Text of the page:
Posted tagged ‘Aditi’

The Reptile Rescue Squad – Softshell Turtle

8 August 2011

Story by Aditi Baindur

by Aditi Baindur

If you are a tortoise and go for a very long walk on the CME campus far from your home, you may  find that you are back very soon from where you started and named ‘Myrtle’ on top of that.

It was during the summer holidays last year that my Dad got a call at office from Bhattacharya Uncle. His daughter Shreya had found a tortoise in the garden. What, he asked, should be done? Naturally, Dad felt that it had to be restored to its habitat.

He picked me up, our tortoise books and we soon reached Bhattacharya Uncle’s bungalow adjoining Holloway School. The turtle was in the lawn surrounded by Shreya and Priyansh, Bhattacharya Uncle’s kids and Shrey Kamoji. It had withdrawn itself into its shell.

Shreya holding the turtle she discovered.

The back was coloured “muddy-shoddy, grey, brown, black, ochre”. It had three black  stripes on its head.

I picked it up and turned it over. We saw that had got flaps to hide its legs under and realised that this was the Indian Flapshell Turtle or Lissemys punctata.

The flapshell turtle with its flaps wide open showing its legs and its face. (Image:Shyamal)

Now the turtle struggled to be put down. No sooner had this been done than its knobby, ridged and clawed legs  emerged and it scurried away along the lawn but was repeatedly recaptured while we pored over our books. We wanted to know why the turtle was wandering so far from the CME lakes. Our handbook by J.C. Daniels had this to say –

“the adults and young make long journeys during the rainy season, which is probably the reason for the species being so widespread….”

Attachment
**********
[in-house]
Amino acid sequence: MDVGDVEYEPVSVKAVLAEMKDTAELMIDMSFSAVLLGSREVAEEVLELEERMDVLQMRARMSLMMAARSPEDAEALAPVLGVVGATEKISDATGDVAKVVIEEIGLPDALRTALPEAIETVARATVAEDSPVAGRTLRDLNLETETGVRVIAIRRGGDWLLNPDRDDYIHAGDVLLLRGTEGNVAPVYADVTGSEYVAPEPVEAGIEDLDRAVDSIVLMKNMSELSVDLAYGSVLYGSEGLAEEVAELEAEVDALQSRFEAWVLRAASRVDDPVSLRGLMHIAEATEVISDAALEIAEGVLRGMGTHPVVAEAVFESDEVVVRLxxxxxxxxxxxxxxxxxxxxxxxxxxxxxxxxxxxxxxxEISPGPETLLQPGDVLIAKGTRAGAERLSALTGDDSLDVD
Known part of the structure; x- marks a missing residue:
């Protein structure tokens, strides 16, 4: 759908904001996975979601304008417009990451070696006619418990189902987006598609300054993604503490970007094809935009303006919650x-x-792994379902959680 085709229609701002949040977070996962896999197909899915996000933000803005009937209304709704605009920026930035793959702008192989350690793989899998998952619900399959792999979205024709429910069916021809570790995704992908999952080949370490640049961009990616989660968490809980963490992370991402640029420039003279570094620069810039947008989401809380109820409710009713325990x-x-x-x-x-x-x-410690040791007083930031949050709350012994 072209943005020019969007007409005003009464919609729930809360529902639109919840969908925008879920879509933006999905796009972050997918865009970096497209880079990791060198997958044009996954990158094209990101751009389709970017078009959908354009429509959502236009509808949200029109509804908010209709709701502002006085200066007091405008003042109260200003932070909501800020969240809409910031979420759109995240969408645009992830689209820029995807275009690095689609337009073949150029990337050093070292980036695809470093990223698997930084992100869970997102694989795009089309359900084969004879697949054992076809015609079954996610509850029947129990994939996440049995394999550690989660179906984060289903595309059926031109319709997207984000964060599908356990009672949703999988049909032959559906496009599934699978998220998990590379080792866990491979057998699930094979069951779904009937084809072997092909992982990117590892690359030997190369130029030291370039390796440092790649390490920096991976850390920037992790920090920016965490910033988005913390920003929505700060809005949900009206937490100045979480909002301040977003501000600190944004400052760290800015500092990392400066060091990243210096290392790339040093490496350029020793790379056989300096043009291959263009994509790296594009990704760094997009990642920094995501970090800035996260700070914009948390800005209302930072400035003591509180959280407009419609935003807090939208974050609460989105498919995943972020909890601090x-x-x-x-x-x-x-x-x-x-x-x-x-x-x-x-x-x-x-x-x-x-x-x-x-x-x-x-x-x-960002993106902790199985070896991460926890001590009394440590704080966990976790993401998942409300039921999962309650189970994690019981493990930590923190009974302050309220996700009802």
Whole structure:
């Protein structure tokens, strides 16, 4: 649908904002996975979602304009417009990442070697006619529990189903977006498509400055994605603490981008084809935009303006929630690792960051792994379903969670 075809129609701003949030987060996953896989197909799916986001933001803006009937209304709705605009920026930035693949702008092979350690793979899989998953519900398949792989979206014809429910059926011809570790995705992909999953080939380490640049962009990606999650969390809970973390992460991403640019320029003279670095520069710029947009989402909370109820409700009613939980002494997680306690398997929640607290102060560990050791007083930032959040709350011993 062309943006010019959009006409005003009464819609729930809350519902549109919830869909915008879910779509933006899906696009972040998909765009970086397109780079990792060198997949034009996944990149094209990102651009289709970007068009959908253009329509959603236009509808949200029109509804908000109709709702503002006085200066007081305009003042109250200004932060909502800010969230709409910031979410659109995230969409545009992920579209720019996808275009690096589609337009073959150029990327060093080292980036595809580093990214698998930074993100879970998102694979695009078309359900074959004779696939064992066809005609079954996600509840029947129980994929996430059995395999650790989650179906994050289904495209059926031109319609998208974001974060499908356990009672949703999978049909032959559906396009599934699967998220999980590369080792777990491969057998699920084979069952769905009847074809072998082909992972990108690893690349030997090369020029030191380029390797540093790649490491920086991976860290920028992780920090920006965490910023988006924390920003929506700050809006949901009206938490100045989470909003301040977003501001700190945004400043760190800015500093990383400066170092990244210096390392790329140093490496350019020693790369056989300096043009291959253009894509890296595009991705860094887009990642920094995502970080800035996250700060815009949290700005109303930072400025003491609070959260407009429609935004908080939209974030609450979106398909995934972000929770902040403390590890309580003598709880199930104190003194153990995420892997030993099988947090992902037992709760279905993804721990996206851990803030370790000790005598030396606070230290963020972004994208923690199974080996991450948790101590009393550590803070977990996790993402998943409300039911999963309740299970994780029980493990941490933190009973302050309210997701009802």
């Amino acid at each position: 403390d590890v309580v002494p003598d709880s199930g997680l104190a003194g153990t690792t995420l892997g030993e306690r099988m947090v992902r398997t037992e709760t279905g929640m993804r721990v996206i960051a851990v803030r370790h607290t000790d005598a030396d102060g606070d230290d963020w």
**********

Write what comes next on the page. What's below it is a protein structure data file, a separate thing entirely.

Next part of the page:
Indian Flap-shell turtles are the “aam janta” in the turtle community of CME and occupy the four lakes and the river. They are also found amongst the reed-beds, ponds, quarries and marshes and the 2 km long rowing channel. The nearest water body or marsh to Bhattacharya Uncle’s house is more than a kilometer away.

Black streaks on the head

The turtle had crossed roads, houses, gardens, fences, ditches and braved the dangers of stray dogs and turtle-eating people to land up where it did! If allowed to roam free, it would head deeper and deeper into the CME campus and surely would be killed.

Shreya asked ‘is it a boy or girl’? Since it isn’t easy to identify the sex of a turtle just by looking at it, the children decided, (two girls both older vs two boys both younger), that it looked feminine and soon names for ‘her’ were being proposed. It was decided that her name was actually “Myrtle” and that she would be a very good pet! Undying vows were made to look after the creature if only they could have it please, pleeassee…

Mindful of what the parents would have to say to this, Dad pointed out that Myrtle fed on shrimps, insects and worms from within the water (they actually eat that and some vegetation too) and her family was probably missing her.

It was decided to restore Myrtle to her home. Everybody set out in our red Maruti van for the rear Nashik gate. There Myrtle was released at a suitable spot upstream into the marshes near the CTW lake. The last photo that we have of Myrtle is of a grinning Shrey Kamoji holding the turtle last before its release. And the reason for that is, as soon as we set it on the ground some good seven-eight feet from the water’s edge, Myrtle became greased lightning and vanished before we could photograph her!